We have developed a method for sustained growth of human mammary epithelial cells in monolayer cultures. Epithelial or-ganoids derived from solid breast tissues were grown on the surface of thin (approximately 1 mm) collagen gel layers in an enriched growth medium supplemented with hormones, growth factors, fetal calf serum, and horse serum. To transfer the cultures, the collagen layers were dislodged and digested with collagenase. The monolayers of cells released into suspension were then dissociated into single cells using trypsin-ethylene-diaminetetraacetate. Dissociated single cells were repleted with 75 to 95% efficiency onto collagen layers or tissue culture plastic surfaces. The dissociated cells could also be cryopreserved and reactivated with 80% plating efficiency on collagen layers. Normal human mammary epithelial cells grown under these conditions progressed through 12 to 15 population doublings. The population-doubling times for normal and malignant mammary cells on collagen layers were 34 and 65 hr, respectively. After reaching confluence, cells in some cultures, derived from either normal or malignant tissues, penetrated the gel surface and grew into the collagen. Within the gels, the cells became organized into three-dimensional tubular structures. The use of collagen layers eliminates a major problem in growth of human mammary epithelial cells in culture, difficulty in efficient dissociation, and cell transfer from monolayers.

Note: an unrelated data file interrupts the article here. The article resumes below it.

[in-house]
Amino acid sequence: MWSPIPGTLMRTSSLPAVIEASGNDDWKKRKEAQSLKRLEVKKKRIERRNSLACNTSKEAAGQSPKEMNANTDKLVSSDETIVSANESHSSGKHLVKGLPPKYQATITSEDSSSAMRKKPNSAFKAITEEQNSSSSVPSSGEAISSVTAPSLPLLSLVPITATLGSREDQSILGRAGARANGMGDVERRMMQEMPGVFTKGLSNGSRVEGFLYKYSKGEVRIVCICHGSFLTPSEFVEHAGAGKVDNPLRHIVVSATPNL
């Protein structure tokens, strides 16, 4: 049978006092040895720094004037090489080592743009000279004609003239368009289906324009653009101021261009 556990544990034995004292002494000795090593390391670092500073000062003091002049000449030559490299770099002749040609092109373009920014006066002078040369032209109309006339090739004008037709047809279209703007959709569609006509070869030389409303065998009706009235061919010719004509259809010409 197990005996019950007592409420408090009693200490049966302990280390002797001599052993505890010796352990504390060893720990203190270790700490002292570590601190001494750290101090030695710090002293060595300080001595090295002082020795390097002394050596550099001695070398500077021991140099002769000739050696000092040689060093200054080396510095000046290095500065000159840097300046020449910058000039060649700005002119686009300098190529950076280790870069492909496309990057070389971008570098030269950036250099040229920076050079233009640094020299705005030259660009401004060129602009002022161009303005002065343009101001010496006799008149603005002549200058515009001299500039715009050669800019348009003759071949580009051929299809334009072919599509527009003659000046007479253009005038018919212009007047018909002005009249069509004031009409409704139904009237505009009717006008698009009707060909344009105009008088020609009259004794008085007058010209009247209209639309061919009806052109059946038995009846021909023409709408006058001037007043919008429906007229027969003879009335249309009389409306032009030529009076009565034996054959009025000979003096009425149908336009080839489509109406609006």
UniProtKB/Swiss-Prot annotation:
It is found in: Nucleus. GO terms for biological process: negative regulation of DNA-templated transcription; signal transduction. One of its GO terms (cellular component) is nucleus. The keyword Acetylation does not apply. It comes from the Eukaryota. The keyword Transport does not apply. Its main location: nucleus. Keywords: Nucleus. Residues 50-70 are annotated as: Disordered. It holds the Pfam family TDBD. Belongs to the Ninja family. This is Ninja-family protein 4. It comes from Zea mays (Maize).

|Original language||English (US)|
|Number of pages||8|
|State||Published - Oct 1 1981|
All Science Journal Classification (ASJC) codes
- Cancer Research